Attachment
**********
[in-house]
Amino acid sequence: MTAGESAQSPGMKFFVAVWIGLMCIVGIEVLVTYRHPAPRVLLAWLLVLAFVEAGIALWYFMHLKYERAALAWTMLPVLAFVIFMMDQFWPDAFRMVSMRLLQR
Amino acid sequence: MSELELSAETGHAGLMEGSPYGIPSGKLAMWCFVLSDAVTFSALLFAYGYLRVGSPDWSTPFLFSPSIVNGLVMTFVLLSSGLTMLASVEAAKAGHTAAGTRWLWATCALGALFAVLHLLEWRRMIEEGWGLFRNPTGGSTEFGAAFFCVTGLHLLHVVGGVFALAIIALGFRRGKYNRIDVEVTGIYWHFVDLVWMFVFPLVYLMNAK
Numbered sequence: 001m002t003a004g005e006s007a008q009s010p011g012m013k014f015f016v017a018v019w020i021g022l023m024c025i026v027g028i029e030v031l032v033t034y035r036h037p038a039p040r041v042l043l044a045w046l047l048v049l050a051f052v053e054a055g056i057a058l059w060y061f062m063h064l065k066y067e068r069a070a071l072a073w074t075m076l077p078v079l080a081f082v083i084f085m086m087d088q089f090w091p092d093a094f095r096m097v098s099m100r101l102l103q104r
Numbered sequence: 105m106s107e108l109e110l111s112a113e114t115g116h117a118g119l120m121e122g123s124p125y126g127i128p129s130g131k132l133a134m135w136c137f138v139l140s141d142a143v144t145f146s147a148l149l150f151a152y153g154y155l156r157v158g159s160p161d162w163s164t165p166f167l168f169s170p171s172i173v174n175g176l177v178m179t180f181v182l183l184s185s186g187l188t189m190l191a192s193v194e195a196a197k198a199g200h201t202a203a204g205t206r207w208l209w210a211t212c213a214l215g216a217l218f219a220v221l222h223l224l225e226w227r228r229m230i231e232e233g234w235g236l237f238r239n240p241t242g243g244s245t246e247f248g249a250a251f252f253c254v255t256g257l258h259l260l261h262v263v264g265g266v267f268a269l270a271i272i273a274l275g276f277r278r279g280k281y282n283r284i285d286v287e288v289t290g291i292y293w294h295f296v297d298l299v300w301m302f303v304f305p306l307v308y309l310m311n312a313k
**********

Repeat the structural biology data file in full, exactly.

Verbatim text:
[in-house]
Amino acid sequence: MTAGESAQSPGMKFFVAVWIGLMCIVGIEVLVTYRHPAPRVLLAWLLVLAFVEAGIALWYFMHLKYERAALAWTMLPVLAFVIFMMDQFWPDAFRMVSMRLLQR
Amino acid sequence: MSELELSAETGHAGLMEGSPYGIPSGKLAMWCFVLSDAVTFSALLFAYGYLRVGSPDWSTPFLFSPSIVNGLVMTFVLLSSGLTMLASVEAAKAGHTAAGTRWLWATCALGALFAVLHLLEWRRMIEEGWGLFRNPTGGSTEFGAAFFCVTGLHLLHVVGGVFALAIIALGFRRGKYNRIDVEVTGIYWHFVDLVWMFVFPLVYLMNAK
Numbered sequence: 001m002t003a004g005e006s007a008q009s010p011g012m013k014f015f016v017a018v019w020i021g022l023m024c025i026v027g028i029e030v031l032v033t034y035r036h037p038a039p040r041v042l043l044a045w046l047l048v049l050a051f052v053e054a055g056i057a058l059w060y061f062m063h064l065k066y067e068r069a070a071l072a073w074t075m076l077p078v079l080a081f082v083i084f085m086m087d088q089f090w091p092d093a094f095r096m097v098s099m100r101l102l103q104r
Numbered sequence: 105m106s107e108l109e110l111s112a113e114t115g116h117a118g119l120m121e122g123s124p125y126g127i128p129s130g131k132l133a134m135w136c137f138v139l140s141d142a143v144t145f146s147a148l149l150f151a152y153g154y155l156r157v158g159s160p161d162w163s164t165p166f167l168f169s170p171s172i173v174n175g176l177v178m179t180f181v182l183l184s185s186g187l188t189m190l191a192s193v194e195a196a197k198a199g200h201t202a203a204g205t206r207w208l209w210a211t212c213a214l215g216a217l218f219a220v221l222h223l224l225e226w227r228r229m230i231e232e233g234w235g236l237f238r239n240p241t242g243g244s245t246e247f248g249a250a251f252f253c254v255t256g257l258h259l260l261h262v263v264g265g266v267f268a269l270a271i272i273a274l275g276f277r278r279g280k281y282n283r284i285d286v287e288v289t290g291i292y293w294h295f296v297d298l299v300w301m302f303v304f305p306l307v308y309l310m311n312a313k